Back in February 2007, a few months after a political neophyte named Deval Patrick cruised to victory in the Massachusetts governor's race with help from a political blog named Blue Mass Group (BMG) — which whipped up pro-Patrick sentiment while aggressively rebutting the governor-to-be's critics — I sized up a recent conservative entry in the local blogosphere. The blog in question, Red Mass Group (RMG), looked like a shamelessly derivative attempt to ride BMG's coattails — an especially dubious proposition given liberals' then-dominance in the world of online political activism. Hence my glib prediction: RMG would "peter out in a couple of months."
So much for that. Three years later, RMG is very much alive. And in Republican Scott Brown's recent US Senate victory, it played a potent, multifaceted role similar to the one BMG played for Patrick and the Democrats in 2006, acting as a clearing-house for information, a source for analysis and original reporting, a fundraising tool, and a one-stop shop for the distillation and dissemination of political zeal. RMG also smashed its previous traffic records, pulling in a whopping 41,000-plus unique visitors on January 16, the Saturday before the Senate election, according to statcounter.com — a remarkable 39,000 of whom were visiting for the first time.
But RMG isn't just a local new-media success story. It's also evidence of a broader media shift. Thanks to moveon.org and Howard Dean's 2004 presidential campaign, the Web has long been a source of strength and succor for liberals. That advantage now looks like a historical accident — not the inevitable result of some deep affinity between liberalism and the Internet. And in the next few years, it just might disappear.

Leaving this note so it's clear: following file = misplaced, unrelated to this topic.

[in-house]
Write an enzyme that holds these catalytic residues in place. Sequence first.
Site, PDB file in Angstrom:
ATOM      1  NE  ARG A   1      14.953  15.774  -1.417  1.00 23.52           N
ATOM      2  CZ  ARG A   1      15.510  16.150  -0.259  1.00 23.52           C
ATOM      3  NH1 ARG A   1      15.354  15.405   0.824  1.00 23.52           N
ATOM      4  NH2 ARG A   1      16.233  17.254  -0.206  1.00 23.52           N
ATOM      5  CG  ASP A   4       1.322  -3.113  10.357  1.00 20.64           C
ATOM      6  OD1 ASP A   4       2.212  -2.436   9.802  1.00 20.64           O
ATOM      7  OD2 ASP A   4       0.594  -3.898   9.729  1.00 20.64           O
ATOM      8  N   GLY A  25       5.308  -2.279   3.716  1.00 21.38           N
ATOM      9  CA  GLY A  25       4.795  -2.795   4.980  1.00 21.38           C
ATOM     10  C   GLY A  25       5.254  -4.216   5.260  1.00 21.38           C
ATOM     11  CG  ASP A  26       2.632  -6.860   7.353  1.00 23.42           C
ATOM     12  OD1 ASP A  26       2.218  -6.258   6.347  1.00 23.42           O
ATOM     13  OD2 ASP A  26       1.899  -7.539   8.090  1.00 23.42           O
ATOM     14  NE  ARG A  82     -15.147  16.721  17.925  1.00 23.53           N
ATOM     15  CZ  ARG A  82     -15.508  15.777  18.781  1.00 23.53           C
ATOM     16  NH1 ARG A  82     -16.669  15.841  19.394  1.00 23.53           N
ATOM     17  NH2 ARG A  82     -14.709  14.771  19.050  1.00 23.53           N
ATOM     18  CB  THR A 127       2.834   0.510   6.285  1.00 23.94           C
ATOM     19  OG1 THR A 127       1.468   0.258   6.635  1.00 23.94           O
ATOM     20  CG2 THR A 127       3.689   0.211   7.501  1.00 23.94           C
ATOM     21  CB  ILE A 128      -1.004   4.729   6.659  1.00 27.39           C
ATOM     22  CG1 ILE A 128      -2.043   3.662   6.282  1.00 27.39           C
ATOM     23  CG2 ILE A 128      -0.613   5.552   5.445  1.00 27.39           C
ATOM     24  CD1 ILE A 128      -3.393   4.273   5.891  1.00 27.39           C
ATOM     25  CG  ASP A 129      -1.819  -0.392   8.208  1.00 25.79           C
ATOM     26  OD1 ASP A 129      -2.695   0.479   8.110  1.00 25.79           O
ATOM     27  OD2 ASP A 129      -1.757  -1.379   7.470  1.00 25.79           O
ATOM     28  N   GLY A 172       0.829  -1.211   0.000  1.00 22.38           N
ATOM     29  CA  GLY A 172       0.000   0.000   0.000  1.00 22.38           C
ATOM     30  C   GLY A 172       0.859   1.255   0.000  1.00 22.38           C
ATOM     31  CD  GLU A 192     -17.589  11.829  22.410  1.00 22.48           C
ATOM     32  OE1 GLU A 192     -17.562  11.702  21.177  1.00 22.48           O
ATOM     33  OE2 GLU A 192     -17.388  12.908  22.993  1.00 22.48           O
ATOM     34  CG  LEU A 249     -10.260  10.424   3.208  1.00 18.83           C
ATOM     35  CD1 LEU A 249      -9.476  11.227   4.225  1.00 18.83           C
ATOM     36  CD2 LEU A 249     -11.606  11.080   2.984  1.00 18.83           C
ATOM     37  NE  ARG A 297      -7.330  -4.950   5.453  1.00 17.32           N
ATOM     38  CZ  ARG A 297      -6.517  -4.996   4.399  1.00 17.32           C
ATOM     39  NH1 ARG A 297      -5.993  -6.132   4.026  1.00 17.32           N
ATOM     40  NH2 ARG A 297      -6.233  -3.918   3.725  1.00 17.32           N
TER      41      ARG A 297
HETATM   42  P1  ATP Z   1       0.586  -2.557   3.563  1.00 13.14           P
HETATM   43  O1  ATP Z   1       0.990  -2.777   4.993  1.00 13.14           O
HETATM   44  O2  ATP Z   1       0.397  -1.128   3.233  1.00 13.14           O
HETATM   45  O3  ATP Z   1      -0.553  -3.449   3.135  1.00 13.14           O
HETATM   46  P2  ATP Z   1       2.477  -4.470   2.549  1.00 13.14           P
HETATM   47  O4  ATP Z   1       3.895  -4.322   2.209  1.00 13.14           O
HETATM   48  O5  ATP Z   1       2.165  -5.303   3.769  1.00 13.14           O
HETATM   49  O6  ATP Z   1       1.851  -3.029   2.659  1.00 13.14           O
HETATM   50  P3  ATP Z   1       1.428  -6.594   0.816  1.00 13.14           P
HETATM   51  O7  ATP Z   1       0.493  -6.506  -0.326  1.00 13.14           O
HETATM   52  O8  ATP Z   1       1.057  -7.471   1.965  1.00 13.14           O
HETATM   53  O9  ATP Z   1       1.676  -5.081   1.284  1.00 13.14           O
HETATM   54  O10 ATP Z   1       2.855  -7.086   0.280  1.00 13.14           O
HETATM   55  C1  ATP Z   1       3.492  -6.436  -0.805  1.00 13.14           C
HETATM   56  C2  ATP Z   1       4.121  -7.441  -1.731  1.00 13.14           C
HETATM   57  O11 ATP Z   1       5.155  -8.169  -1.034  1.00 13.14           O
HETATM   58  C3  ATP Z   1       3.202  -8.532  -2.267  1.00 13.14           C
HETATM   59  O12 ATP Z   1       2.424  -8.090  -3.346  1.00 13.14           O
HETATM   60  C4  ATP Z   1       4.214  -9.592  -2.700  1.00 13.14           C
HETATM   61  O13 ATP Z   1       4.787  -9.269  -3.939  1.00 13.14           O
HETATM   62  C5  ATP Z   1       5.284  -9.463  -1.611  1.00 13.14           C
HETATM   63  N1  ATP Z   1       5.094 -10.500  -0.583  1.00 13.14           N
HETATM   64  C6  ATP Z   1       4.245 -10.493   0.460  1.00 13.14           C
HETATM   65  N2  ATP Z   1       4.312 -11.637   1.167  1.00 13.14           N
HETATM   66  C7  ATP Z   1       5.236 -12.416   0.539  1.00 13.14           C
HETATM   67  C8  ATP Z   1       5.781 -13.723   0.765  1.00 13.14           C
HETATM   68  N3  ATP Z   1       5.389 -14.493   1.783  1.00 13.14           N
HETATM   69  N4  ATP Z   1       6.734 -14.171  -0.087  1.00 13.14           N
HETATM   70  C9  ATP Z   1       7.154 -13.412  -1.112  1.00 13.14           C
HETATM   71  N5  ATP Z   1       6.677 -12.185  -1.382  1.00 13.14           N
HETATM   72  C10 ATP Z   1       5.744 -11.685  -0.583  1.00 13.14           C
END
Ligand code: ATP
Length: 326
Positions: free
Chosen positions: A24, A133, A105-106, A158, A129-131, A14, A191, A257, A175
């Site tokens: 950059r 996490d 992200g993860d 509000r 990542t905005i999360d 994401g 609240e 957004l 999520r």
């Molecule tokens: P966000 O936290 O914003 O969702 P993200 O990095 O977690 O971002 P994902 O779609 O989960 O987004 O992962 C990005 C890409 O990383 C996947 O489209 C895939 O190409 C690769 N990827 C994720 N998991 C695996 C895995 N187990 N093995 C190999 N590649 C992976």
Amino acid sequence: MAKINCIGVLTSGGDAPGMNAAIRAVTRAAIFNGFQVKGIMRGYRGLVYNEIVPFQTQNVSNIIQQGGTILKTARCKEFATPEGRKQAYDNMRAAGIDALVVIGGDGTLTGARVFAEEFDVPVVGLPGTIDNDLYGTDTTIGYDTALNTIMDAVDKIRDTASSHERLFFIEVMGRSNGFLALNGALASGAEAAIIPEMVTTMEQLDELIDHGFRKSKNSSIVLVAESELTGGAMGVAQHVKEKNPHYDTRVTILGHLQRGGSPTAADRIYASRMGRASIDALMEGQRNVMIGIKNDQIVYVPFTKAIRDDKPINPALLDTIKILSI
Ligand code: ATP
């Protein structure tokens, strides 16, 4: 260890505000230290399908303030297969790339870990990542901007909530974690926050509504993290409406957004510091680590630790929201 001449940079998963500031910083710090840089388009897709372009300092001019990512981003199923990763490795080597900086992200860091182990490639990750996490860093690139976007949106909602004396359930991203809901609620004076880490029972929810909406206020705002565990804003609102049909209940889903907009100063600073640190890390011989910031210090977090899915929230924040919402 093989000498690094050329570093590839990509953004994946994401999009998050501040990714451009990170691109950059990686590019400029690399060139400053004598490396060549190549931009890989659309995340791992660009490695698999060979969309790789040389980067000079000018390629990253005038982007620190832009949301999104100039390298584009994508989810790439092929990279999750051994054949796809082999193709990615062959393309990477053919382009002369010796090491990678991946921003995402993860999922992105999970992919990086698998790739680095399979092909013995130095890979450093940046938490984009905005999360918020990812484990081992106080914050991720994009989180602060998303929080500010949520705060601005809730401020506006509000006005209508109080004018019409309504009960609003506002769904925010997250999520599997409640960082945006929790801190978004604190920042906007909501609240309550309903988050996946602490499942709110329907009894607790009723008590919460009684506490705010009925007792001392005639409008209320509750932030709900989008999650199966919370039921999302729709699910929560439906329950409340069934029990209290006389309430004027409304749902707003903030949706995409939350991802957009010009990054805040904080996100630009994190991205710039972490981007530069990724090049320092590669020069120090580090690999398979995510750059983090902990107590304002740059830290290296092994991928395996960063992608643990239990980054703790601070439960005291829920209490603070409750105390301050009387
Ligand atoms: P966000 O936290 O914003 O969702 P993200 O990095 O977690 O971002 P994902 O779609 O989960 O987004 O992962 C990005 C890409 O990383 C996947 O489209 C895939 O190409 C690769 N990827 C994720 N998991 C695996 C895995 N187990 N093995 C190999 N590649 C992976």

Waiting in the wings
Last Wednesday evening, RMG owner and editor Rob Eno was a man on the move, hustling from a Mass GOP shindig on Canal Street to South Station, there to catch a train to Washington, DC, where RMG would mark its newfound celebrity by hosting a fête in honor of Brown's election the next day. On that night, Eno had the frazzled mien that's often seen during elections and political conventions: he seemed profoundly exhausted, but also energized by a conviction that history was on his side.
And perhaps it is. "I'm sitting in my hotel room on election night," recalls Eno, who has the physique of a football lineman and a salesman's gregariousness. (Trained as a chemical engineer at the University of Massachusetts Lowell, Eno's day job now consists of selling print advertising for a Boston company he declines to identify.) "My buddy calls up. He says, 'Rob, are you sitting down? Rush Limbaugh just said, "As Red Mass Group is reporting . . . " ' " The implication is clear: when Limbaugh cites your work, you've arrived.
Eno has been commenting at RMG since its inception, and purchased the site from founder Patrick Johnson in early 2009 for "not that much less than a hundred bucks." Soon thereafter, he launched a strategic advertising campaign on a shoestring, purchasing ads on Facebook and planting links at friendly Facebook destinations — for example, WTKK-FM host Michele McPhee's wall.